بسم الله الرحمن الرحيم
اللّهمّ صلّ على سيدّنا و حبيْبنا وشفيْعنا رسوْل الله محمّد ابْن عبْد الله و آله و صحْبه و سلّم
Excerpt from Reliance of the Traveller, Ahmad ibn Naqib al-Misri, Book R on Holding One’s Tongue
(Nawawi:) Slander and Talebearing are two of the ugliest and most frequently met with qualities of men, few people being safe from them. I have begun with them because of the widespread need to warn people of them.
Slander means to mention anything concerning a person that he would dislike, whether about his body, religion, everyday life, self, disposition, property, son, father, wife, servant, turban, garment, gait, movements, smiling, dissoluteness, frowning, cheerfulness, or anything else connected with him.
Mention means by word, writing, sign, or indicating him with one’s eye, hand, head, and so forth.
Body refers to saying such things as that someone is blind, lame, bleary-eyed, bald, short, tall, dark, or pale.
Religion includes saying that he is corrupt, a thief, cannot be trusted, is a tyrant, does not care about the prayer, does not watch to avoid filth, does not honour his father, does not spend zakat on what it should be spent on, or does not avoid slandering others.
Everyday life includes saying that his manners are poor; he does not care about others; does not think he owes anyone anything; that he talks, eats, or sleeps too much; or sleeps or sits when he should not.
Father refers to saying such things as that his father is corrupt, his father is an Indian, Nabatean, African, cobbler, draper, carpenter, blacksmith, or weaver (if mentioned derogatorily)
Disposition includes saying that he has bad character, is arrogant, a show-off, overhasty, domineering, incapable, fainthearted, irresponsible, gloomy, dissolute, and so forth.
Clothing means saying such things as that his sleeves are too loose, his garment hangs too low, is dirty, or the like. Other remarks can be judged by the above examples. The determining factor is mentioning about a person what he would not like.
TALEBEARING consists of quoting someone’s words to another in a way that worsens relations between them.
The above define slander and talebearing. AS for the ruling on them, it is that they are unlawful, by the consensus of Muslims. There is much explicit and intersubstantive evidence that they are unlawful from the Koran, sunna, and consensus of the Muslim Community.
Allah Most High says:
1) “Do not slander one another” (Koran 49:12)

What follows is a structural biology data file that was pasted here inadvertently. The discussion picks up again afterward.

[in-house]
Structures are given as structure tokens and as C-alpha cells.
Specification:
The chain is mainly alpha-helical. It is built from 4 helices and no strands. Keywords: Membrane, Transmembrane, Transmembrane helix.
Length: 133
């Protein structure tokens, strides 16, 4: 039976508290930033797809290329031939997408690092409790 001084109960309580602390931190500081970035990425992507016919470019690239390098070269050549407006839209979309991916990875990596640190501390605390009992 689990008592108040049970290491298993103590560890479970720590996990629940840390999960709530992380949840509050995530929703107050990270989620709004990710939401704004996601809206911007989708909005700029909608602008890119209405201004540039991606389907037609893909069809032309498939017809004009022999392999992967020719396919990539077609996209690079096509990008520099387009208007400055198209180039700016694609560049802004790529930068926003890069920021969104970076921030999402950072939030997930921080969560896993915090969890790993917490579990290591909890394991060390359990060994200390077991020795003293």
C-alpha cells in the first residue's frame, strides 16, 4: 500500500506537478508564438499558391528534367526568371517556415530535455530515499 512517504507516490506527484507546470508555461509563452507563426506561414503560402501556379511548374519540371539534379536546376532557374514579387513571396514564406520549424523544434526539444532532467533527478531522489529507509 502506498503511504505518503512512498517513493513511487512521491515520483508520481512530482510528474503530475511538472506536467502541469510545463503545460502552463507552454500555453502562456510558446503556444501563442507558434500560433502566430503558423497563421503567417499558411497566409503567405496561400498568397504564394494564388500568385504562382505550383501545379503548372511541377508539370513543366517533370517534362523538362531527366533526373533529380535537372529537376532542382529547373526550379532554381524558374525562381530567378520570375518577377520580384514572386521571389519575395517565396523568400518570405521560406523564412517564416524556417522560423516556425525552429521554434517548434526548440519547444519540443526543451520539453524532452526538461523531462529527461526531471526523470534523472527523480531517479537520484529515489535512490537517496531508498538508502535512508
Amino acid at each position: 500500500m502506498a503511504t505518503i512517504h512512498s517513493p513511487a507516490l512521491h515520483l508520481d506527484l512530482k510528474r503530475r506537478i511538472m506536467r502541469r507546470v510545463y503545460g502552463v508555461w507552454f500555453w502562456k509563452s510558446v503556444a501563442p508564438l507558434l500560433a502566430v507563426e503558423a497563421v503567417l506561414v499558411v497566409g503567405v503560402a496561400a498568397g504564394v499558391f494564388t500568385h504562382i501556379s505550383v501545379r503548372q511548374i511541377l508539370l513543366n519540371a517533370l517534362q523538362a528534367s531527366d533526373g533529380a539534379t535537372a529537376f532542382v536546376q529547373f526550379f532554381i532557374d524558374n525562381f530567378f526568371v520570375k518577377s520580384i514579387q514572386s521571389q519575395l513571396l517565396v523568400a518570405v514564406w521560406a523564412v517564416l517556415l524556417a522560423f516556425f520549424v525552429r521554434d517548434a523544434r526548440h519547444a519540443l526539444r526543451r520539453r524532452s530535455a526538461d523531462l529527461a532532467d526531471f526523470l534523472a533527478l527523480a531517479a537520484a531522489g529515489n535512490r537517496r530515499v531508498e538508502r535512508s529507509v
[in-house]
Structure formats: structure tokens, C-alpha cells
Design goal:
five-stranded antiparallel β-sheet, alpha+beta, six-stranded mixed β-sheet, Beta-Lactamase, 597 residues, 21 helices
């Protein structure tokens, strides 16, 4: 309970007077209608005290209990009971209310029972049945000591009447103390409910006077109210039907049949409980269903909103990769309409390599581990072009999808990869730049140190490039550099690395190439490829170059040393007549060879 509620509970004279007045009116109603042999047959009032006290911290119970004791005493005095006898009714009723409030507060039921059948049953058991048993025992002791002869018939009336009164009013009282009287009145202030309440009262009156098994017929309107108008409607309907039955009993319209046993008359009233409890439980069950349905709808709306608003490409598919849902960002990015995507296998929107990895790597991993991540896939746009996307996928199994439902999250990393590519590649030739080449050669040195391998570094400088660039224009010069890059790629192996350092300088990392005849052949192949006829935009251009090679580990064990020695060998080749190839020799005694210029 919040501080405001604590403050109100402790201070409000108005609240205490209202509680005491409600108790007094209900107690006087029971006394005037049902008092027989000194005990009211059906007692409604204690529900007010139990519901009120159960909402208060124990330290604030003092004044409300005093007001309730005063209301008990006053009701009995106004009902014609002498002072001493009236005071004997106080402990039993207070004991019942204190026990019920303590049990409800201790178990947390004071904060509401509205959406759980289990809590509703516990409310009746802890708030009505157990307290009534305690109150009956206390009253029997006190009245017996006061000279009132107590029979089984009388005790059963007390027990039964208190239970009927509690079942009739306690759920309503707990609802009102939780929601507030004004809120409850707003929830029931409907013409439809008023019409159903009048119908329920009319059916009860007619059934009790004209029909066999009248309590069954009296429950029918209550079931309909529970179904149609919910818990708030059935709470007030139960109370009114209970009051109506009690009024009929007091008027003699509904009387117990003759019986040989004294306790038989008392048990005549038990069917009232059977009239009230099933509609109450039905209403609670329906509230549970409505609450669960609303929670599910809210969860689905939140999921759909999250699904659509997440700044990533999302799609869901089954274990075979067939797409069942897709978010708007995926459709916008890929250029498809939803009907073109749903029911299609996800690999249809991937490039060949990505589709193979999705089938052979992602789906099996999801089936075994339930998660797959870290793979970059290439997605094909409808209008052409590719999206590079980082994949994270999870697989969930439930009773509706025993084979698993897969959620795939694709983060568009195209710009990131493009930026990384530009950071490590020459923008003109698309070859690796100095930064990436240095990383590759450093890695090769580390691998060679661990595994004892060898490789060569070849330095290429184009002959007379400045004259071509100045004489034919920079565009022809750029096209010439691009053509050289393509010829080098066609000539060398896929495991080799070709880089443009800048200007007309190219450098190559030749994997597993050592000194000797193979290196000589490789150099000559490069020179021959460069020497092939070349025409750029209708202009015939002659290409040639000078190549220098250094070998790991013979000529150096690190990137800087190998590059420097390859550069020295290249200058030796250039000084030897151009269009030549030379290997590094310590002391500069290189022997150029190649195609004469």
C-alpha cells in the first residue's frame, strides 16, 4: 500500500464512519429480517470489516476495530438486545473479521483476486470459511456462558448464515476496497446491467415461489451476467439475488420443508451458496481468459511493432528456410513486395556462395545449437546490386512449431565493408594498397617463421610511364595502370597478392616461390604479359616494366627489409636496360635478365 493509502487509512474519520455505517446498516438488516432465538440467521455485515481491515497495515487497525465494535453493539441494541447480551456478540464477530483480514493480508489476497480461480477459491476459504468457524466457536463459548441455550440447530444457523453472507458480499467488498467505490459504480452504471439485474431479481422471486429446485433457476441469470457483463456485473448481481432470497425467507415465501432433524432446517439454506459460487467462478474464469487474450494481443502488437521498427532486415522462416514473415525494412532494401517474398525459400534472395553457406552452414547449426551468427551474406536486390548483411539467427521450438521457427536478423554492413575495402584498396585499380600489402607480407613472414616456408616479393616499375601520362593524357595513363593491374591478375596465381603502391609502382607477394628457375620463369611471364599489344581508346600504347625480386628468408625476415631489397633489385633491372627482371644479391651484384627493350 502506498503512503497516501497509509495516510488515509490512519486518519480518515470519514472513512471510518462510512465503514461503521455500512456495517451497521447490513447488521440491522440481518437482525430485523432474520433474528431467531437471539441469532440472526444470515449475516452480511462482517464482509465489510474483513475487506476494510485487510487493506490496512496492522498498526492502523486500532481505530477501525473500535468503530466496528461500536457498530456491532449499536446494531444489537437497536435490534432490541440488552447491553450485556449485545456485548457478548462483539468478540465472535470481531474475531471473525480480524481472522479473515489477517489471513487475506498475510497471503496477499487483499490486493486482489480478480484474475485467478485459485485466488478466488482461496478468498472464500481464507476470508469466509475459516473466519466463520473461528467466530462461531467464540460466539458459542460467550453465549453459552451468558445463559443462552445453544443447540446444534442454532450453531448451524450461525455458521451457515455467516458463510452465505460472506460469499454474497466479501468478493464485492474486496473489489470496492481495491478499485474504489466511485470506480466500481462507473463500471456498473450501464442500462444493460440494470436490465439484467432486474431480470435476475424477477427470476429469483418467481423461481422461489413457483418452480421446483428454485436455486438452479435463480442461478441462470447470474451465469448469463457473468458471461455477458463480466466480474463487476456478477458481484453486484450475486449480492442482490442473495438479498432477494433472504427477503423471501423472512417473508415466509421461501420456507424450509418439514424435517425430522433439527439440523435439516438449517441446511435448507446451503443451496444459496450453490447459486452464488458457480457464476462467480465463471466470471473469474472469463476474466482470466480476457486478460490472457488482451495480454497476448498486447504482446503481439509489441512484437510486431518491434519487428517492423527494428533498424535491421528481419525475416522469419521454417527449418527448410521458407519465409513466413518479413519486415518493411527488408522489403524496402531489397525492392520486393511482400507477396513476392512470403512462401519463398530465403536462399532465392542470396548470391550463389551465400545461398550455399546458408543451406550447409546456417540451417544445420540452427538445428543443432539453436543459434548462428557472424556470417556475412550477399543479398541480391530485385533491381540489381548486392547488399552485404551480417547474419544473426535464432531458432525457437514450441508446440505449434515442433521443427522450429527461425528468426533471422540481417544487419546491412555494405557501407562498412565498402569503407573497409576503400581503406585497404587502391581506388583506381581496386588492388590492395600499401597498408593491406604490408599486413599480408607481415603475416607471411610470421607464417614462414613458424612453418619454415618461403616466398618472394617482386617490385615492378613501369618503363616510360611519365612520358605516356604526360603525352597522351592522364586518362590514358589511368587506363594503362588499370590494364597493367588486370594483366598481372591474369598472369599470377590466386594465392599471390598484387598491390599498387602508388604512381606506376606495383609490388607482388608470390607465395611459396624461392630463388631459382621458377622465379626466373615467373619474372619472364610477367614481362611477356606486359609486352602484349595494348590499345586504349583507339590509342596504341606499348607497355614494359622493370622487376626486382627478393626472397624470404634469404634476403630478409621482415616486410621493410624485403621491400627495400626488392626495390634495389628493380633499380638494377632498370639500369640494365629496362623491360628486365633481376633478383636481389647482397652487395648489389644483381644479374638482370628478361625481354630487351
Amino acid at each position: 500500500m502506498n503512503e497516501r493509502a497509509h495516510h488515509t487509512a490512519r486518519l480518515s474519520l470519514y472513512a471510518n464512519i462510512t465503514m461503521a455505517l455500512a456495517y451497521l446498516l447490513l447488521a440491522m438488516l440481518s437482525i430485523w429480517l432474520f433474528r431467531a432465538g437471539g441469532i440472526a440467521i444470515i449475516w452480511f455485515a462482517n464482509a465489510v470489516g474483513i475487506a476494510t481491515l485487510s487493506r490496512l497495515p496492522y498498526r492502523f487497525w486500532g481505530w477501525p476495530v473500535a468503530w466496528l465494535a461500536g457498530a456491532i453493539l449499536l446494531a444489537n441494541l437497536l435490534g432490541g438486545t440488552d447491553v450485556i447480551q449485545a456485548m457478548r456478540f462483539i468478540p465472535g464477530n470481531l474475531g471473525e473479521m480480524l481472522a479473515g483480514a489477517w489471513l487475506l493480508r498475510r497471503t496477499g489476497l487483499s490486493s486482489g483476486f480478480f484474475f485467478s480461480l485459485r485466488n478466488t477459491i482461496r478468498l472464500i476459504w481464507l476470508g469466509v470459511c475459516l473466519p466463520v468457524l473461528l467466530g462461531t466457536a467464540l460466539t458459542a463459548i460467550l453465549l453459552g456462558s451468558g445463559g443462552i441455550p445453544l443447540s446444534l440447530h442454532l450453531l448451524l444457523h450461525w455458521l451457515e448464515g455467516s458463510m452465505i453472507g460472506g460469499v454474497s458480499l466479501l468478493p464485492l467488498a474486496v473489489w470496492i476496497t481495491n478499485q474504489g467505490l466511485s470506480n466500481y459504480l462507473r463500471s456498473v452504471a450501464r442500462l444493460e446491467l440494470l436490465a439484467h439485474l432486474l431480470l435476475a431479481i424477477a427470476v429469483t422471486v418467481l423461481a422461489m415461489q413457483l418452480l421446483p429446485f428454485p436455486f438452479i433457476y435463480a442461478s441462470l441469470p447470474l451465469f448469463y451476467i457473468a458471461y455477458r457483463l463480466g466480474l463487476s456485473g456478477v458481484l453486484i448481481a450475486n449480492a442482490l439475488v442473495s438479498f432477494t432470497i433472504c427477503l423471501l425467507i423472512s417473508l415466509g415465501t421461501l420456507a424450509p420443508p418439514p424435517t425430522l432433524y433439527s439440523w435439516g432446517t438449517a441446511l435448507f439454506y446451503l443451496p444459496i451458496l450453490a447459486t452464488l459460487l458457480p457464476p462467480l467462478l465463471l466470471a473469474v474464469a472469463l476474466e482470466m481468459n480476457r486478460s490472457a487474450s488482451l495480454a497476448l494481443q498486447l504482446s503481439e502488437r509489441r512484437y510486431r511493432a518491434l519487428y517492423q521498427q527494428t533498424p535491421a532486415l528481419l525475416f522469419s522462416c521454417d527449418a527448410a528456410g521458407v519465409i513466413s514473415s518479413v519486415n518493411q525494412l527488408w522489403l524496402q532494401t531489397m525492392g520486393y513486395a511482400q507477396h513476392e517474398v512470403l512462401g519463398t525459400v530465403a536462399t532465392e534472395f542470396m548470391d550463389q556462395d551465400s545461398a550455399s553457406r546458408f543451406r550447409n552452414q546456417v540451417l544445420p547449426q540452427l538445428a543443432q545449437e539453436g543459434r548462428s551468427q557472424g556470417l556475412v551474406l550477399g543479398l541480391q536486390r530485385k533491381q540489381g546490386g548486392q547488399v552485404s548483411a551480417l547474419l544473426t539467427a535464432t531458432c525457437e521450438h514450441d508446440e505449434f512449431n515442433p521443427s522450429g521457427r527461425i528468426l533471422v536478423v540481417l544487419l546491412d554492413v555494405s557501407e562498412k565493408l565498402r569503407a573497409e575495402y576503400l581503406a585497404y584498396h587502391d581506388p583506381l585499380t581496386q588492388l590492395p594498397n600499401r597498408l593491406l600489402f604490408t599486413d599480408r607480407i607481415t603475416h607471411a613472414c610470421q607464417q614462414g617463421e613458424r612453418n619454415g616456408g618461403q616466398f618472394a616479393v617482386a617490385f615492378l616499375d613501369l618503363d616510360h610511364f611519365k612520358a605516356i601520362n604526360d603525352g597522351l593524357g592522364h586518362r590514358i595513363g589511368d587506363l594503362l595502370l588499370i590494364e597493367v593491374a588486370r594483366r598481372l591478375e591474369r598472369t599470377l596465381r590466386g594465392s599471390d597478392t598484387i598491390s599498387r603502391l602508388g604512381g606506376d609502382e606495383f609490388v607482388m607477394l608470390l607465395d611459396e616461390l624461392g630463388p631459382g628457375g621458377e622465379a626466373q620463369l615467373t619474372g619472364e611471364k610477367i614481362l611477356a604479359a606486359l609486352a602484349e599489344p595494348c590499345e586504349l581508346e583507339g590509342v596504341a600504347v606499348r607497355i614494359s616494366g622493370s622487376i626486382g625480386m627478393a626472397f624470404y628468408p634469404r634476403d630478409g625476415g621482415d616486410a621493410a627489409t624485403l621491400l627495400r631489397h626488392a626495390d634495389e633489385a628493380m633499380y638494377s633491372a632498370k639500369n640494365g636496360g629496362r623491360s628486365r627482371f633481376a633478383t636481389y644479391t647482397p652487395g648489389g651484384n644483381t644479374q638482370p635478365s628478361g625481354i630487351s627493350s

2) “Woe to whomever disparages others behind their back or to their face” (Koran 104:1)
3) “…slanderer, going about with tales” (Koran 68:11)
The Prophet s.a.w. said :
1) “The talebearer will not enter Paradise”
2) “Do you know what slander is?” They answered: “Allah and His Messenger knows best.” He said, “It is to mention of your brother that which he dislike.” Someone asked, “What if he is as I say?” And he s.a.w. replied, “If he is as you say, you have slandered him, and if not, you have calumniated him.”
3) “The Muslim is the brother of the Muslim. He does not betray him, lie to him, or hang back from coming to his aid. All of the Muslim is inviolable to his fellow Muslim; his reputation, his property, his blood. Godfearingness is here (pointing to his heart). It is sufficiently wicked for someone to belittle his fellow Muslim.”
Mimicking another’s Idiosyncracies
We have mentioned above that slander is saying anything about a person that he would dislike, whether aloud, in writing, by a sign, or a gesture. Anything by which one conveys a Muslim’s (or non-Muslim’s) shortcomings to another is slander, and unlawful. It includes doing imitations of someone, such as by walking with a limp, with a stoop, or similar posture, intending to mimic the person with such a deficiency. Anything of this sort is unquestionably unlawful.
Slander in Published Works
Slander also includes the author of a book mentioning a specific person in his work by saying, “So and so says such and such,” which is unlawful if he thereby intends to demean him. But if he wants to clarify the person’s mistake so that others will not follow him, or expose the weakness of his scholarship so others will not be deceived and accept what he says, it is not slander, but rather advice that is obligatory, and is rewarde by Allah for the person who intends it as such.
Nor is it slander for a writer or other person to say, “There are those [or ‘a certain group’] who say such and such, which is a mistake, error, ignorance, and folly,” and so forth, which is not slander because slander entails mentioning a particular person or a group of specific individuals.
SLANDER BY ALLUSION AND INNUENDO
When the person being spoken to understands whom one is referring to, it is slander and unlawful to say, for example, “A certain person did such and such,” or ” A certain scholar,” “Someone with pretensions to knowledge,” “A certain mufti,” “A certain person regarded as good,” “Someone who claims to be an ascetic,” “One who passed by us today,” “One of the people we saw.” This includes the slander of some would be scholars and devotees, who make slanderous innuendos that are as clearly understood as if they were plainly stated. When one of them is asked, for example, how So-and -so is, he replies, “May Allah improves us,” “May Allah forgive us,” “May Allah improve him,” “We ask Allah’s forbearance,” “Praise be to Allah who has not afflicted us with visiting oppressors,” …and the like, from which the listener understands the person’s shortcomings. All of this is slander and is unlawful, just as when one says, “So-and-so is afflicted with what we all are,” or “There is no way he can manage this,” or “We all do it.”
We seek refuge in Allah from falling into any of the above. Indeed safety lies in remaining silent, safety lies in remaining silent, safety lies in remaining silent!
May Allah guide us all. Amin!